10 Questions The Government Needs To Answer on Women’s Safety

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Why no new measures for womens’ safety discussed after December 16 are in place yet – like better street lighting in cities, promptness at police stations and hospitals, proper patrolling of city streets at night

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Why no action was taken against the Chairperson of the National Commission for Women Mamta Sharma despite statements from her like the one reported in Tehelka, March 31, 2012
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Why the 1000 crore Nirbhaya fund announced in the union budget in March 2013 remains unspent, with no proposals sent in by the Ministry of Women and Child Development to date

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Why compensation promised by state governments to rape victims most often doesn’t reach them

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Why sensitisation programmes and training for the police across the country in handling rape cases hasn’t been prioritised urgently

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Why free and immediate legal aid to rape victims required in most cases has not materialised

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Why the government still looks to womens’ groups for training in gender sensitisation, as if rape is a womens’ only issue

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Why our rape laws have not been amended to include marital rape that statistically is shown to account for over 90% of rapes in India and why our Parliamentarians refused to add this amendment when the Verma commission had strongly suggested it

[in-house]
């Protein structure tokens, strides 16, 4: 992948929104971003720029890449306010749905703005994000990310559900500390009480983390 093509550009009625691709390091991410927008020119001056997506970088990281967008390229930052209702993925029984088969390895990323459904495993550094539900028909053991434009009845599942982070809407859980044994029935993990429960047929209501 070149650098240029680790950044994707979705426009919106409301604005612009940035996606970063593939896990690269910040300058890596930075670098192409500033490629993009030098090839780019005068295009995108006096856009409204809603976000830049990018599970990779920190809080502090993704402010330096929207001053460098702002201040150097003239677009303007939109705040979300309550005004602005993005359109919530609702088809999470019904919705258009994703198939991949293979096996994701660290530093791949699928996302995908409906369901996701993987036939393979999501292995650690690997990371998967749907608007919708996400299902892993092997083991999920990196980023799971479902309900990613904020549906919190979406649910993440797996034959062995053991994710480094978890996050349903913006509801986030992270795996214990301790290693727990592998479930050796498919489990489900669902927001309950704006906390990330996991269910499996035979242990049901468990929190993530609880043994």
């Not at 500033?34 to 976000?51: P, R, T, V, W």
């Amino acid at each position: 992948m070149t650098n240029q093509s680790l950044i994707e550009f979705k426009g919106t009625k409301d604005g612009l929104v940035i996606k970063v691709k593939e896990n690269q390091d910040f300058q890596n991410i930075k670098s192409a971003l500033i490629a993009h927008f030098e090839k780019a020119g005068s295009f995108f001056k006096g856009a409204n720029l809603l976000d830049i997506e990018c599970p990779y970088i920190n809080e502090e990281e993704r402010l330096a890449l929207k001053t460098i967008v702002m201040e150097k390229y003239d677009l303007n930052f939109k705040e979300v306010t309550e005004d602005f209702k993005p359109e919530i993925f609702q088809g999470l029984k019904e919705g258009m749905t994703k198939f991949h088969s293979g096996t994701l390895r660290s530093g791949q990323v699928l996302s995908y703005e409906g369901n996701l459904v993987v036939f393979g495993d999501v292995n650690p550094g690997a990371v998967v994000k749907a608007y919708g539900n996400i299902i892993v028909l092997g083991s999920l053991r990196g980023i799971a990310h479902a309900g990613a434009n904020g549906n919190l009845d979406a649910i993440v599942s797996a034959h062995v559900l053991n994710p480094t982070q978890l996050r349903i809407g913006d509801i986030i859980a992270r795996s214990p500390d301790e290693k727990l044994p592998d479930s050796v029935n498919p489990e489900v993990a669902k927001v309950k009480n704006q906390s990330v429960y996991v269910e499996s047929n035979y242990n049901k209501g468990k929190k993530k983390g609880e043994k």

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Why the countless rapes of girls in slums and rural areas don’t shock the nation

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Why safer means of transport for women are not provided by the state and why companies that employ women don’t provide for safe transport for them after dark

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Special Correspondent

Revati Laul has been a television journalist and documentary film maker for most of her 16 year career. Ten of those were spent in NDTV where her reports included everything from the aftermath of the Gujarat riots to following truck drivers into ULFA infested Assam. Then about a year and a half ago, she decided to tell her stories in indelible ink instead. Most people said she made an upside down decision but she firmly believes she’s found food for the soul. She was hired by Tehelka to write on politics. For her this does not mean tracking the big fish but looking closely at how the tiny fish are getting swallowed and by whom. On most days though, she can be found conversing on her other two favourite subjects – fornication and food. Fiction is another friend of hers. A short story she wrote called `Drool’ was published in an anthology of young fiction by Zubaan. She is also founder member of the NGO ‘Tara’ that looks after underpriviledged children.

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